Some of our chat participants assume that eliminating marketing departmental silos can also support your SEO and CRO efforts.
Actually, today, departmental silos are seen as a growing issue for both large and small organizations. This obstructive organizational barrier must be broken down; marketing teams should be prepared and equipped with the proper mindset.
In the latest update of Google search quality rating guidelines the search engine has put even more emphasis on the role of E.A.T., which stands for Expertise, Authoritativeness and Trustworthiness.
By this, Google means that your content should reflect all three of these elements. Lacking E.A.T. is a sufficient reason for low-quality of your website and not very good reputation on the web.
Got any other effective tactics for aiding your SEO and CRO efforts? Let us know in the comments!
The truth is every business has different goals and priorities. There’s no one-size-fits-all approach. Nevertheless, if you’re not sure where to start with your SEO and CRO strategy, you can use the following tips from our experts.
First of all, as Angie Schottmuller advises, you need to determine your conversion rates for each tier of your SEO funnel.
ThinkSEM provided a simple schema that will help you effectively prioritize your efforts:
- Start with your client’s goals. Understand their needs and pains, as well as what they want to achieve in the end.
- Strategize your marketing plan. Without a clear and thought-out plan you’ll be blindly groping in the dark through the competitive online space.
- Track your KPIs. Ask yourself what results you want to achieve and how you’re going to measure them. Establish several most important KPIs and track your progress on a regular basis.
- Tweak to improve. Sometimes even a small tweak can lead to a significant improvement in your conversion rates. This could be A/B testing, a clear and compelling value proposition, communicating value, increasing trust, offering proof and other things.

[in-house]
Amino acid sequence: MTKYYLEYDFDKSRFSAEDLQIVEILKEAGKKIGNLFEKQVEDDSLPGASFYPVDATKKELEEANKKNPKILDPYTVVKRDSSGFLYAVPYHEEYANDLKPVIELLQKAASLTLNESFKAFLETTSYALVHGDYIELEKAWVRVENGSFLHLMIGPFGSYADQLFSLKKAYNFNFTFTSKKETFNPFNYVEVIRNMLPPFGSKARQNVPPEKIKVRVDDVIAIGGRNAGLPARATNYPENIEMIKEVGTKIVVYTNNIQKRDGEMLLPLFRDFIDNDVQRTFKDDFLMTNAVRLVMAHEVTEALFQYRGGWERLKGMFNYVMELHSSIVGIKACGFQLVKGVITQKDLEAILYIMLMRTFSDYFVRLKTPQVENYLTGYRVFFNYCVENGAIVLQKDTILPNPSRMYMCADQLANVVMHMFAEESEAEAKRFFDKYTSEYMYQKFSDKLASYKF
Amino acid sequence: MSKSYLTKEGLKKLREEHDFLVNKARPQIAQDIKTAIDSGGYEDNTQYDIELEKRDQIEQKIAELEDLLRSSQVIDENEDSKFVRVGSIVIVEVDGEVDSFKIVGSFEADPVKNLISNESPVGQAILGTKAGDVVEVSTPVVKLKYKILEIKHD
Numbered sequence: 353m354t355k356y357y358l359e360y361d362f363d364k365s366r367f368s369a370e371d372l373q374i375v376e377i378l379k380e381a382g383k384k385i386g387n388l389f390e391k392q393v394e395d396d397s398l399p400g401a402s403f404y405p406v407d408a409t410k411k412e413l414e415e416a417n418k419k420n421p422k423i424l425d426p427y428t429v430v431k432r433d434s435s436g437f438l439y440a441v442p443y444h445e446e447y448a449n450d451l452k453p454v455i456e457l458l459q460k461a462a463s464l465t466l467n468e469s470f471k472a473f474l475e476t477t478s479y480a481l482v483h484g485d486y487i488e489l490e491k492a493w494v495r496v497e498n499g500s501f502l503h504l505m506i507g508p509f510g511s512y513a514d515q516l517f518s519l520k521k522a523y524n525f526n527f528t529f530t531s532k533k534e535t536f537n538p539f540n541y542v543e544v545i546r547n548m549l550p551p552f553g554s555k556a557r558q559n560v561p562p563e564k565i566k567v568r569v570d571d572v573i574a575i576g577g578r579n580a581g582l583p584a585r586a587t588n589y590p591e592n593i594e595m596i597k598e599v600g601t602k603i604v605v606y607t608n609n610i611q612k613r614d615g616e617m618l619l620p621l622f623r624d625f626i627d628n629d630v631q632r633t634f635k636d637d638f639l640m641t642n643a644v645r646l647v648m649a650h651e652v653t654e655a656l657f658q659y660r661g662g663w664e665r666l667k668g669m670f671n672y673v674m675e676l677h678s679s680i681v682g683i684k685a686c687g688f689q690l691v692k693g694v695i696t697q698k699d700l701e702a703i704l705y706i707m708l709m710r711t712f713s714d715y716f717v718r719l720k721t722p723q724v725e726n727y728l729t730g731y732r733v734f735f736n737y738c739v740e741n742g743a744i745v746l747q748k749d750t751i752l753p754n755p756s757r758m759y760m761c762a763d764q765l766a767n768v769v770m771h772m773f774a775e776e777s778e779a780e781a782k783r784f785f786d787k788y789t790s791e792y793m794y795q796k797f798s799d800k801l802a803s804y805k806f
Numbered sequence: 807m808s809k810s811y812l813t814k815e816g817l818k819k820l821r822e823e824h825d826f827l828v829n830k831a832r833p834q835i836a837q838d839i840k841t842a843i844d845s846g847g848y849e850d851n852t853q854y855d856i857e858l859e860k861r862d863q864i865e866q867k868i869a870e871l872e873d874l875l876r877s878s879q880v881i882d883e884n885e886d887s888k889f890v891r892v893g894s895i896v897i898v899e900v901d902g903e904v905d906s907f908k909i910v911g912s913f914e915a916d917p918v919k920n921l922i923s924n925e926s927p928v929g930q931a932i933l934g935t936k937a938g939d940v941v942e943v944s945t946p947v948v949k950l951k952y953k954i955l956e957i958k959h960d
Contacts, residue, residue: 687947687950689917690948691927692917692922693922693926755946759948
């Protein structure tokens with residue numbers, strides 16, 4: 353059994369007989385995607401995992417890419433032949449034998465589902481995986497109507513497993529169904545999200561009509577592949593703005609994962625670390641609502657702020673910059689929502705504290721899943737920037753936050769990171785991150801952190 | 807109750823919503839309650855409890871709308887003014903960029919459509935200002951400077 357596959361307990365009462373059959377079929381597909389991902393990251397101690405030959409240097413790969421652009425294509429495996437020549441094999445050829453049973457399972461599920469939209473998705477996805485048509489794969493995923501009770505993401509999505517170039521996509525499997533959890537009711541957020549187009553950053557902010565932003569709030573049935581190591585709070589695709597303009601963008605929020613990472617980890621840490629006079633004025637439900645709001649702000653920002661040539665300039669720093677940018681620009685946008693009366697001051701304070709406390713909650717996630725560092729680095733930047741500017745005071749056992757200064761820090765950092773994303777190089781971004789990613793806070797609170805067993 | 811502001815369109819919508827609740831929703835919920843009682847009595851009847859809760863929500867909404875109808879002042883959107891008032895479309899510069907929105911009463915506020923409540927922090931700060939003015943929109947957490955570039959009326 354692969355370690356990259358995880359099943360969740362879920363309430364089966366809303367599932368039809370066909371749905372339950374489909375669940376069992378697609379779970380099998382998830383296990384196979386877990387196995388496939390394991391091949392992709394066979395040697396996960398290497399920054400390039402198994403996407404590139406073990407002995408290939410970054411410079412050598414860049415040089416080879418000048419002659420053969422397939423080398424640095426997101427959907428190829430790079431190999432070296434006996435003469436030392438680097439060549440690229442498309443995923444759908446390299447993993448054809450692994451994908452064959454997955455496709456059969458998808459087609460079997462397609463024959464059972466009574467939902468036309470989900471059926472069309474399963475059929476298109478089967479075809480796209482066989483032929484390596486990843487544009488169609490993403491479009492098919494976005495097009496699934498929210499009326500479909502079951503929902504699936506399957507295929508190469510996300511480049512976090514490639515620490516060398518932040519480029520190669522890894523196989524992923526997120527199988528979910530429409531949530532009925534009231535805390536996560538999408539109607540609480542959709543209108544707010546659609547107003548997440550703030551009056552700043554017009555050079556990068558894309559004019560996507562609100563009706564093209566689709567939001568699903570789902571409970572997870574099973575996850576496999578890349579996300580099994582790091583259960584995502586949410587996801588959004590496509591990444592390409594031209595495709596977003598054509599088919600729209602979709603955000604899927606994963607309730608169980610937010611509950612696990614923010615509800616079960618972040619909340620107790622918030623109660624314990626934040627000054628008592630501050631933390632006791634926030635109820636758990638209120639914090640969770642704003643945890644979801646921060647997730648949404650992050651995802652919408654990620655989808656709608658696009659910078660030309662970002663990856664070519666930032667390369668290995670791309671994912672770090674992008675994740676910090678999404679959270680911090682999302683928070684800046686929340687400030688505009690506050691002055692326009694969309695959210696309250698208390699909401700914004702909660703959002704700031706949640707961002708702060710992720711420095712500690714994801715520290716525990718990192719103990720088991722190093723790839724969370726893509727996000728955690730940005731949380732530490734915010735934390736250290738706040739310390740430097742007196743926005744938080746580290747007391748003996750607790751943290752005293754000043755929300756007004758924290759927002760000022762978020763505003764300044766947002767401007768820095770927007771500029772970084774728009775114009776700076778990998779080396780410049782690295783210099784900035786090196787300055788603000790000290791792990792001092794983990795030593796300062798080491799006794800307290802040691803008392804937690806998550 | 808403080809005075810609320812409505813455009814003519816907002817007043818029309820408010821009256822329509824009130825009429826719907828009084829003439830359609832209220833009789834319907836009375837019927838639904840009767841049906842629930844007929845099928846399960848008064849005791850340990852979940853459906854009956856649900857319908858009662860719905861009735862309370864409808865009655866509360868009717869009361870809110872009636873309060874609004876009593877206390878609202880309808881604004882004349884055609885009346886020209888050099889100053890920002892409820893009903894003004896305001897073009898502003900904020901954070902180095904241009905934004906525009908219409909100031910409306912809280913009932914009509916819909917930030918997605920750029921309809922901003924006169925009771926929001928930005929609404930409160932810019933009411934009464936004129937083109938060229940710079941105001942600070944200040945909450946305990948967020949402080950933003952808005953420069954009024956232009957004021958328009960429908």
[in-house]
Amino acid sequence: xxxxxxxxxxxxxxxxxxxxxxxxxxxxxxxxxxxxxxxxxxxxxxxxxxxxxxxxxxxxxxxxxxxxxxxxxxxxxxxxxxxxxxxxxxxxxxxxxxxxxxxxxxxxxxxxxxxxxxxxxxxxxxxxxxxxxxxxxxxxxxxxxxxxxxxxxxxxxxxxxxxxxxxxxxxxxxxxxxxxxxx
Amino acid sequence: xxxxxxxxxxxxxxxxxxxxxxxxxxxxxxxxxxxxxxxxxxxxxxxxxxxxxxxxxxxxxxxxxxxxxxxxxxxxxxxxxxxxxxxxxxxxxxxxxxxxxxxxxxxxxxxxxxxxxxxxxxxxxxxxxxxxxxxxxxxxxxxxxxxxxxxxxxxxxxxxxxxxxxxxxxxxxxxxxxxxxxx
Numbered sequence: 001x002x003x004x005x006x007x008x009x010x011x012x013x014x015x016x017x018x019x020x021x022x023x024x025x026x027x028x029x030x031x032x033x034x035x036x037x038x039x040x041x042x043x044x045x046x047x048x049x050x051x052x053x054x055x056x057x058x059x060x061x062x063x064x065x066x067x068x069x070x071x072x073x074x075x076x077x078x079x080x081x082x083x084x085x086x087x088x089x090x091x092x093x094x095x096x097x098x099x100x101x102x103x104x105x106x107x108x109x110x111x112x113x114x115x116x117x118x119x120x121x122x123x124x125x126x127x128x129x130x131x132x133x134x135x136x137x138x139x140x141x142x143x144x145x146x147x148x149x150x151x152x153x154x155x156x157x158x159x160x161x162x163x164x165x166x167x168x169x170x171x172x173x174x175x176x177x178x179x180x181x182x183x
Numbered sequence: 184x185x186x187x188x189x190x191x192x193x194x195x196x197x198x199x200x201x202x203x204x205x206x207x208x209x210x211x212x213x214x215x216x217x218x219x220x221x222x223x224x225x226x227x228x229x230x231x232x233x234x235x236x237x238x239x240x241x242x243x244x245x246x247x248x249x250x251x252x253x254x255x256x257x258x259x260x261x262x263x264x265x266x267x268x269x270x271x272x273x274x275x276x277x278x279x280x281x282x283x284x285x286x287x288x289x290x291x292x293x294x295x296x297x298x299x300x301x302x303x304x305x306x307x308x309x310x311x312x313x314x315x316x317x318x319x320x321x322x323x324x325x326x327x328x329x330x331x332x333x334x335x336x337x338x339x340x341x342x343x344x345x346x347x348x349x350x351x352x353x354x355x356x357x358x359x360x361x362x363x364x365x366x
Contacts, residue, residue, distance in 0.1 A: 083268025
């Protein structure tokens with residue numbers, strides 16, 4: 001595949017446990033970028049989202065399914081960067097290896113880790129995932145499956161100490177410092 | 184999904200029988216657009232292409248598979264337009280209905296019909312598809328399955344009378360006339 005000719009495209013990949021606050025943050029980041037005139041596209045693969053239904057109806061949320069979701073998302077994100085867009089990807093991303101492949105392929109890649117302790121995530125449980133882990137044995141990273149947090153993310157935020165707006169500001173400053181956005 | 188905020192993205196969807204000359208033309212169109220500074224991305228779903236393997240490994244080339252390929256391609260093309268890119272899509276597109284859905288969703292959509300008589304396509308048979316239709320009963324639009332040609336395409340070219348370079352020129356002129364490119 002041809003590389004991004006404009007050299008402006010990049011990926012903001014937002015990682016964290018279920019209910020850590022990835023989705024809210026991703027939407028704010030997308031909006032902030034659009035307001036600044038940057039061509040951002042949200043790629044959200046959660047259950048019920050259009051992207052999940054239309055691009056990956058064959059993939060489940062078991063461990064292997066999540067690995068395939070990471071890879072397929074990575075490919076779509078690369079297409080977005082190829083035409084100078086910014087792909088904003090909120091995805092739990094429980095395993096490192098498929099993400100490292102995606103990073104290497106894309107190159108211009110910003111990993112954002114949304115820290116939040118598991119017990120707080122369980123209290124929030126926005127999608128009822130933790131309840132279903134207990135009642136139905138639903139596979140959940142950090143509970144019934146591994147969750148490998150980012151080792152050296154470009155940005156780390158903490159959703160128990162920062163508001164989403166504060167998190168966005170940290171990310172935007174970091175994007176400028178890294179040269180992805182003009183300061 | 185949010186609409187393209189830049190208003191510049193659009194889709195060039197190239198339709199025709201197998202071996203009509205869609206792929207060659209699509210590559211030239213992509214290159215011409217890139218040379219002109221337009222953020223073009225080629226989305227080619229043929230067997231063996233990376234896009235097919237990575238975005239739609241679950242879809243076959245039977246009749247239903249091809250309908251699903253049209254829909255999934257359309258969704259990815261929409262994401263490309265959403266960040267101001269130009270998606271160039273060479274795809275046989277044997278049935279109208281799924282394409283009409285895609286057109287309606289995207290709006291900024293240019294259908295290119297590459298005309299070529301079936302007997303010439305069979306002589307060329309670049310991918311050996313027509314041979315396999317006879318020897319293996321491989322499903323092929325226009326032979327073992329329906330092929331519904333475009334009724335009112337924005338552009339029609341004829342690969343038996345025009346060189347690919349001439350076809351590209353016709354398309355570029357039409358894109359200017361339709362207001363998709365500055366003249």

Some of our chat participants recommend prioritizing your efforts based on bang for the buck. Think about whether or not you can make any changes or improvements that will bring a healthy return.
You can add incentives to compel your users to take action right away. For example, you can provide them with some time-sensitive bonuses, like a discount if they complete a certain action within a certain period of time. This is just an option, and I’m sure you can come up with other good ideas.
Another great tip is categorizing keyword targets according to your goals. Effective keyword research helps digital marketers develop a good keyword list for PPC. Also, content marketers use it to find the best topics to write about and phrases to use in their content.
Review your keyword strategy, and then compare it to your conversion goals. As Martin Kelly @MartinKSEO explains, this can help you find spot potential opportunities for improvement: “Review your KW strategy as it relates to your conversion goals. You may find a diamond in the rough.”
Finally, by digging into analytics, you can get a better understanding of your website’s performance.
Analytics helps you get better understanding of your website’s performance and uncover potential reasons for low conversion rates. “Stay on top of the data by monitoring/testing and sharing it with your team. Invite others’ opinions and brainstorm!” advises ZenContent @ZenContent.